Thread: PR Class
03-28-2008, 10:26 PM #1
A few years ago, as a member of the Birdsboro Fire Department, I was involved in a major house fire in Amity Township that made all the news channels. I called the stations to see if I could get a copy of their tape for training purposes and was given the name and number of the “stringer” who submitted the tape to the stations. It turns out that I knew this gentleman from his days as a photographer from a local newspaper. However when I called him to ask about the tape he turned me down and said it was because he has “trouble” with local fire companies not letting him get in to get pictures. It also turns out that this man was involved in an embarrassing situation for some firefighters at a recent Rolling Stones concert.
What can we as firefighters do to avoid situations such as these?
This is just one of the topics of discussion that takes place during the Public Relations for the Fire and Emergency Services class at the Montgomery County Fire Academy May 3 & 4, 2008.
The 16-hour state fire academy class is designed for all emergency personnel who come into contact with the media, public, businesses and government. The students will come away from the class with a new understanding for the need for a year round and ongoing public relations program.
The first session, “Defining and Planning Public Relations”, sets the tone for the class by showing the need for implementing a year round PR program, several ways to achieve it and help in selecting the proper personnel to do it. This session was presented at the 2000 FDIC in Indianapolis.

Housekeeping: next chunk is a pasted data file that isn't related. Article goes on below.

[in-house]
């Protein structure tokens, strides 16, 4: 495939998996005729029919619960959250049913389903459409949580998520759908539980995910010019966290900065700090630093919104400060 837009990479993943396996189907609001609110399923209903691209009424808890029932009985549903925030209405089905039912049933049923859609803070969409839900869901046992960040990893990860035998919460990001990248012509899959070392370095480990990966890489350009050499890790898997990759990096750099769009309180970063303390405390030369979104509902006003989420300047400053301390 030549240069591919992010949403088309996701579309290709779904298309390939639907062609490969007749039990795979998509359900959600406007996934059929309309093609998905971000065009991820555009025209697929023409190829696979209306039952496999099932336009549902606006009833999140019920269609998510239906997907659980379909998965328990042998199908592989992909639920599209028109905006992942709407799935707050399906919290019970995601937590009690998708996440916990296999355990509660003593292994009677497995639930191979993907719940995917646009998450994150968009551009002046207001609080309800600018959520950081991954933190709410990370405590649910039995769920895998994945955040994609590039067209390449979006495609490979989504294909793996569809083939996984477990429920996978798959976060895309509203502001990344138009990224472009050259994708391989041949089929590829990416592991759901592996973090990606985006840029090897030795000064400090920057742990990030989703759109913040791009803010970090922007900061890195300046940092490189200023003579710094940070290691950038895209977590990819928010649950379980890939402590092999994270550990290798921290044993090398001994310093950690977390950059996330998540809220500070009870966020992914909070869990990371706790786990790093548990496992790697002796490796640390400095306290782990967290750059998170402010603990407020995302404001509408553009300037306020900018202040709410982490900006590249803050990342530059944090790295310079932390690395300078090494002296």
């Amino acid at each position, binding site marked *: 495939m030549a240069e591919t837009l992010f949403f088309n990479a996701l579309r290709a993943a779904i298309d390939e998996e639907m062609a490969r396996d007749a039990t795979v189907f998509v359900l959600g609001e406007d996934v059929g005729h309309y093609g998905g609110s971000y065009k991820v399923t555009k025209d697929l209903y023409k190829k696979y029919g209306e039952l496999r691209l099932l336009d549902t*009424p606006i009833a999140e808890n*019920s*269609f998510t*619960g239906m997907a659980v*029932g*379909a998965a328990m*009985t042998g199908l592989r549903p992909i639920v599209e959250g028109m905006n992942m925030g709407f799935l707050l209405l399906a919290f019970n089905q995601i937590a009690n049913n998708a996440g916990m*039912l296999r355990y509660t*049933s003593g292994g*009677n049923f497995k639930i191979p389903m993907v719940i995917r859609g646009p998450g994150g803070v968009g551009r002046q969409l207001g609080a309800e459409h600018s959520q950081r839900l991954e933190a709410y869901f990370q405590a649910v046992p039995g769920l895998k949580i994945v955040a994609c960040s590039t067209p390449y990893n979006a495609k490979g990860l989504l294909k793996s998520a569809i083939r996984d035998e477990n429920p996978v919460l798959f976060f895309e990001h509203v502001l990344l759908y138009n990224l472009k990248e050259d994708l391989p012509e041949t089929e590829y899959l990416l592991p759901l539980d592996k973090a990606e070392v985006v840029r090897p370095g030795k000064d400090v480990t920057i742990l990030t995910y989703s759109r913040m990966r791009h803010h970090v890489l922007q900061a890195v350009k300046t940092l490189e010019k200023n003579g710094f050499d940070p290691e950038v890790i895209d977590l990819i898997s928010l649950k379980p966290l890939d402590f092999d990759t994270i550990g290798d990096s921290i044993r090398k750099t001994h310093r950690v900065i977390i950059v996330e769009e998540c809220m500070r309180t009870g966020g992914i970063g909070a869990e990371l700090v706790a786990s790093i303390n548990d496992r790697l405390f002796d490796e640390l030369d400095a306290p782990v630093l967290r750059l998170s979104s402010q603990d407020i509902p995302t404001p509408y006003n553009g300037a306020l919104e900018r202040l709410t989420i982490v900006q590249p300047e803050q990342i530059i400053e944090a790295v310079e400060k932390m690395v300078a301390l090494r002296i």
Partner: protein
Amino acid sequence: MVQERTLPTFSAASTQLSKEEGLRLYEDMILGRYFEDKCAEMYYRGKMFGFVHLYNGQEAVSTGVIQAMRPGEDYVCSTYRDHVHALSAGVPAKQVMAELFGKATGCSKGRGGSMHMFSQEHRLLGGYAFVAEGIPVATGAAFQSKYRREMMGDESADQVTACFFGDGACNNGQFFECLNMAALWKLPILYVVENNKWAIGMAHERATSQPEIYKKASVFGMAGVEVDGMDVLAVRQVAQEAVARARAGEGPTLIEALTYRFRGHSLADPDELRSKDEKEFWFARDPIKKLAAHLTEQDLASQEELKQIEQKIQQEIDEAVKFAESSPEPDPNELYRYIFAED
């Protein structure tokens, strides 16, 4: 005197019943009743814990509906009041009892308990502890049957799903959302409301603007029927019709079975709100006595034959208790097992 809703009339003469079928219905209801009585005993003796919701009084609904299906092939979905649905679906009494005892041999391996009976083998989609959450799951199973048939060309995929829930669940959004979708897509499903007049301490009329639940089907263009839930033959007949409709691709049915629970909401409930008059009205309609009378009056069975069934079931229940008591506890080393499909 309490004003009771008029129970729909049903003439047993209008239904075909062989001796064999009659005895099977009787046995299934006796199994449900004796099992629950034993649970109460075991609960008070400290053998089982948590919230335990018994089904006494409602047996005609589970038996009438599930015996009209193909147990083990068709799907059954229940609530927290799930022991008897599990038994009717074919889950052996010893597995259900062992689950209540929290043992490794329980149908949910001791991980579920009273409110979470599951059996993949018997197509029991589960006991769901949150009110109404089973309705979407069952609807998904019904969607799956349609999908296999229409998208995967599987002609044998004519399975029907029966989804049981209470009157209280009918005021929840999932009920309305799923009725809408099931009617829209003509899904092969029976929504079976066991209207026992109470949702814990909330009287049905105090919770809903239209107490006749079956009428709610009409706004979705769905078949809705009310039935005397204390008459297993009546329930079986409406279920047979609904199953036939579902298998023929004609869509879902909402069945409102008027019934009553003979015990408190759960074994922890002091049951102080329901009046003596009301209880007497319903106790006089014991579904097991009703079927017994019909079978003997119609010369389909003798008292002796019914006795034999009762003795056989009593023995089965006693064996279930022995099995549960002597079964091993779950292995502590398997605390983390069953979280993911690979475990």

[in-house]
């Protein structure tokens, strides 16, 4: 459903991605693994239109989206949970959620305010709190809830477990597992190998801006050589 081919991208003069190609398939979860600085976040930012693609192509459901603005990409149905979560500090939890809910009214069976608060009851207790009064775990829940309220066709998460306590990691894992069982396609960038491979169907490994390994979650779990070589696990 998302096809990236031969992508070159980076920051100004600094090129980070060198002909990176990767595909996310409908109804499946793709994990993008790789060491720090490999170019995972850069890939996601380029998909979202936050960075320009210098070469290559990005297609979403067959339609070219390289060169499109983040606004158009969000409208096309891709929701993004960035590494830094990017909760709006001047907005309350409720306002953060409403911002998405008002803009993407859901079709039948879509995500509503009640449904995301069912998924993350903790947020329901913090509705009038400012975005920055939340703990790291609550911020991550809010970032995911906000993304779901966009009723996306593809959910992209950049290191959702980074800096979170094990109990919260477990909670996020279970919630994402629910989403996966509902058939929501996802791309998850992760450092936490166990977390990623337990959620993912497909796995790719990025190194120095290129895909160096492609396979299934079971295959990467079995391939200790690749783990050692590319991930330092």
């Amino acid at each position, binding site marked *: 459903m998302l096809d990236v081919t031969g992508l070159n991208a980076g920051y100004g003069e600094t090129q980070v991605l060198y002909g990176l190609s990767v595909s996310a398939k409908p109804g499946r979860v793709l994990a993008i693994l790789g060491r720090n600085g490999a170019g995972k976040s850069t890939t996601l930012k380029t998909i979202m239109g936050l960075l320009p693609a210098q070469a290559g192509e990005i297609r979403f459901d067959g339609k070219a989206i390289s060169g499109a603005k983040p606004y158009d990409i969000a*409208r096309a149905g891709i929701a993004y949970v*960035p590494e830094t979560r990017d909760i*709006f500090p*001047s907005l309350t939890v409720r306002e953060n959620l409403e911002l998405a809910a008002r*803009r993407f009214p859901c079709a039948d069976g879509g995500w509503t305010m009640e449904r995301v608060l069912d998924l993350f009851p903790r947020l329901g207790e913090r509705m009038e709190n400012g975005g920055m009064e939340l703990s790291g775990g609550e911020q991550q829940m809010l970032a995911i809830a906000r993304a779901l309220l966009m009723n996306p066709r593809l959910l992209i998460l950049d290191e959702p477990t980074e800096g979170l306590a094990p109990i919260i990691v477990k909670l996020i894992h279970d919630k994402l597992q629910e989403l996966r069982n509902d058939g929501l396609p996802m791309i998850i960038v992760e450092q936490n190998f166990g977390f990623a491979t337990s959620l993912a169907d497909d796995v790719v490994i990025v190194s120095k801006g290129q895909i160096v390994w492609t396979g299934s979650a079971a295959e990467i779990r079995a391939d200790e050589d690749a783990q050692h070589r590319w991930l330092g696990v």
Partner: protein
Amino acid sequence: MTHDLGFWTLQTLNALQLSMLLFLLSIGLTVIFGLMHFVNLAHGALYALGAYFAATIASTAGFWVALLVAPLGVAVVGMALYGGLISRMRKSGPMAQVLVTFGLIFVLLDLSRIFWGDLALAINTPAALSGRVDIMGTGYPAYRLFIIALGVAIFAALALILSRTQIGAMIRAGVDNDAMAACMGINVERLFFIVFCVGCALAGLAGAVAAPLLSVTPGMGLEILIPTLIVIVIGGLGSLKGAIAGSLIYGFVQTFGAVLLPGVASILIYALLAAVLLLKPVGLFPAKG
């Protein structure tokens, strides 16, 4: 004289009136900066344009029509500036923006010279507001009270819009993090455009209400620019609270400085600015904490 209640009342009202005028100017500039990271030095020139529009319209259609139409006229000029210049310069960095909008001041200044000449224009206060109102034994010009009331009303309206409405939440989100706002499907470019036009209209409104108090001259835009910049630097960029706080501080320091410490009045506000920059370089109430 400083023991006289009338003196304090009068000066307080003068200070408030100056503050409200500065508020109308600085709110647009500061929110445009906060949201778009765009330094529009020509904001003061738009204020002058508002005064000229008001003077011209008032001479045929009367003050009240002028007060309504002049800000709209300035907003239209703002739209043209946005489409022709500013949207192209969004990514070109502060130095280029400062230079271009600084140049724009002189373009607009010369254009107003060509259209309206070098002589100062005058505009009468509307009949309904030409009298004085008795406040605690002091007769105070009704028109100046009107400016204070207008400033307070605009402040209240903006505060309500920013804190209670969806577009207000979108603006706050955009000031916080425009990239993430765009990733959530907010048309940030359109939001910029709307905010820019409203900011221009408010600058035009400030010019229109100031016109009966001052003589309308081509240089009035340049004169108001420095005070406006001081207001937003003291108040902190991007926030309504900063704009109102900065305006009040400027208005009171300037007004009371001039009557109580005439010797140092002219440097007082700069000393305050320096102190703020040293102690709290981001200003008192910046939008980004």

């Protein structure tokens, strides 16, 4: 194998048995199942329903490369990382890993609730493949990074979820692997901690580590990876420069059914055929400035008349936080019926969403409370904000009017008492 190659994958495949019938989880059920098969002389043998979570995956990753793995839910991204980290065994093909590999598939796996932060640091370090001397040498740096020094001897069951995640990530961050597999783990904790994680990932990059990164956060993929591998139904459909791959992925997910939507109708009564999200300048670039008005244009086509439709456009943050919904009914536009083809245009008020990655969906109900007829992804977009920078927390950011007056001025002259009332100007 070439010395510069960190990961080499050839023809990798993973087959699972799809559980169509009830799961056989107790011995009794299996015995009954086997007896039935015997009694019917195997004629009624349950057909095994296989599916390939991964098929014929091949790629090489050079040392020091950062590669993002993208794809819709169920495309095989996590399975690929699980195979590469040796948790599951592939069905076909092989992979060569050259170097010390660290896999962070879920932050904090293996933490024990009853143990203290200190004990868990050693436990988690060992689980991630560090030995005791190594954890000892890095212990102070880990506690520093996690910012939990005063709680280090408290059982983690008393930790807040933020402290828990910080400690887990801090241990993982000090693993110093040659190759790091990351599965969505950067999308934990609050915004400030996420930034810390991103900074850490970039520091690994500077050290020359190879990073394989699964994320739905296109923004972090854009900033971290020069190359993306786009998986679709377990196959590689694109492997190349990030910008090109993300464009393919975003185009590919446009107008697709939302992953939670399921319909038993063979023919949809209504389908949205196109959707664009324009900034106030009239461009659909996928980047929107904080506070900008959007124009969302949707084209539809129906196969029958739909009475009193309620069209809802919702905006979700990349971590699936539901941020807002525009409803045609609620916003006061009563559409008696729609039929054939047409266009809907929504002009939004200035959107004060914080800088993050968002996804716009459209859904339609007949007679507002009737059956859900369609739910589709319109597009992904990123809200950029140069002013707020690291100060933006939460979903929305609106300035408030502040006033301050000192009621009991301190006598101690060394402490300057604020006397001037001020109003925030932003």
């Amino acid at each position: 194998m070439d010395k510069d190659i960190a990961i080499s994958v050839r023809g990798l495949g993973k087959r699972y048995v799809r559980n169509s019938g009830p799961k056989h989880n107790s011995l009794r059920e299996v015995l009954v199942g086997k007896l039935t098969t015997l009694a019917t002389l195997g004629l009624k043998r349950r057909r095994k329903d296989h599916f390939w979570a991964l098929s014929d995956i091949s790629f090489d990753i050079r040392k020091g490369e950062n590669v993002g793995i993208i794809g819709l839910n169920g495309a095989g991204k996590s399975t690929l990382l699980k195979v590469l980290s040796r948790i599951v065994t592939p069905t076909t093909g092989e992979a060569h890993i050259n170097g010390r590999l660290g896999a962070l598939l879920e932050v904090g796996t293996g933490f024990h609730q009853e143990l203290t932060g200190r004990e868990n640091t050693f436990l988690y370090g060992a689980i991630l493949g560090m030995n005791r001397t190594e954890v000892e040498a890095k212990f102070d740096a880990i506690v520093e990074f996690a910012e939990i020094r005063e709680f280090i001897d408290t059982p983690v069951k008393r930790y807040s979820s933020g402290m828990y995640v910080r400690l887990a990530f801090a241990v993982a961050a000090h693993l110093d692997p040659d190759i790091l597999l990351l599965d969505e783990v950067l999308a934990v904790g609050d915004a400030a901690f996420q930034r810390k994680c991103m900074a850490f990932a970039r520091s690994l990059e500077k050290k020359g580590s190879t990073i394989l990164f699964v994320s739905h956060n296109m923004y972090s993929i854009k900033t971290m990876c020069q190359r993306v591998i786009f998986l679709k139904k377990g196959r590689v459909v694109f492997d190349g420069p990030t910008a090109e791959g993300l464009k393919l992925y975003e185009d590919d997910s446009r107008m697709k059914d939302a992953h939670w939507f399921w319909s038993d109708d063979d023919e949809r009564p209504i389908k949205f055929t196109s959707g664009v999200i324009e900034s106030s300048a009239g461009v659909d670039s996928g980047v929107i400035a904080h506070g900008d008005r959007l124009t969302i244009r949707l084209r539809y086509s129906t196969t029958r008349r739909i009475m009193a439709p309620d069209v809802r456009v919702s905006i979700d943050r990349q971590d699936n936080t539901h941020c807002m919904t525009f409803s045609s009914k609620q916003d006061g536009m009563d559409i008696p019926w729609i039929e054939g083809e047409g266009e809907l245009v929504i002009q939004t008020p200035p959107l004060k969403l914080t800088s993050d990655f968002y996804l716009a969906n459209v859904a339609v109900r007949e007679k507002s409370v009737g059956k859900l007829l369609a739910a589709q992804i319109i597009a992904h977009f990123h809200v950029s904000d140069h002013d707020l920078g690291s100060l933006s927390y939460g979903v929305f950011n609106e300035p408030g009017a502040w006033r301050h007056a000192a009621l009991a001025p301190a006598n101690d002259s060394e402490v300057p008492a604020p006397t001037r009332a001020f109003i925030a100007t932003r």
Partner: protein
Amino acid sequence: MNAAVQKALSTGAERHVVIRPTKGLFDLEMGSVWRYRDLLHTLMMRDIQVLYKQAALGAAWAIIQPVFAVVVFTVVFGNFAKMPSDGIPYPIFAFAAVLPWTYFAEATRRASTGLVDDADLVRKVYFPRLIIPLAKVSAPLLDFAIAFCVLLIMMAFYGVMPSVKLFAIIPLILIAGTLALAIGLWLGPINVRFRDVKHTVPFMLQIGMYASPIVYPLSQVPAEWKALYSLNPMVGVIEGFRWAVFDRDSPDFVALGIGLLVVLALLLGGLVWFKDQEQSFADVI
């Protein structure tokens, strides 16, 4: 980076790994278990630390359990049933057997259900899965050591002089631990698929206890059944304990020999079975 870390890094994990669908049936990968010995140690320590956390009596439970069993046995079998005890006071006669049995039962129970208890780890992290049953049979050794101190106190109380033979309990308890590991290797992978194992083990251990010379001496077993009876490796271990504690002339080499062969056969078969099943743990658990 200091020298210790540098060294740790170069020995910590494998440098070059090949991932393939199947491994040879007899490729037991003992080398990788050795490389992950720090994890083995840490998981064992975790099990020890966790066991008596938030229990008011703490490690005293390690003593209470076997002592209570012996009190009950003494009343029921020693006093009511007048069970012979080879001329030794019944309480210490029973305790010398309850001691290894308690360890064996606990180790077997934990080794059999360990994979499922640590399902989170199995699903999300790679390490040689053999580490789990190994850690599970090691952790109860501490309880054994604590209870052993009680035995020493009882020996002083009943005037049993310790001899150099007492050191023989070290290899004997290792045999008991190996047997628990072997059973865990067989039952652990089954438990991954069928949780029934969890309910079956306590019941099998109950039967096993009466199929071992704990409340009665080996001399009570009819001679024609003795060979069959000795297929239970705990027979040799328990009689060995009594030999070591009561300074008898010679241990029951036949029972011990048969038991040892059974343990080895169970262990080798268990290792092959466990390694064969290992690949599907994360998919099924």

“Building Business Coalitions” show the students ways to involve local businesses and government in special projects. A writing workshop will be held during the session on “Writing Effective Press Releases”. “Designing Audio Visual Materials” is a vital session for those who want to get their message of service out to the public including Web Sites. The last session, “Working with the Media” involves students in actual media interviews to practice their on-camera skills as well as setting up parameters for establishing a Public Information Officer and on-scene media management.
While you may think I’m giving you this information in order to have a full class, nothing could be further from the truth. This is a subject I feel so strongly about that I wrote the class in 1985 and have been presenting it ever since, sometimes to a not so full house. However since the recent incidents above I feel that it is more important than ever that we as firefighters know how to handle the media on scene and also know whom to keep out of future scenes. Also, several recent incidents involving firefighters’ actions on and off-duty show that we all need to know how to project a positive image for our fire companies. Hopefully this new image can result in greater participation in fundraisers and ultimately greater funds raised.
Further information and registration is available at the Academy’s website, http://www.montcopa.org/eoc/Fire_Aca...urse_Sched.htm
Hope to see you in May.Steve Dragon
FFII, Fire Instructor II, Fire Officer I, Fire Appartus Driver Operator Certified
Volunteers are never "off duty".
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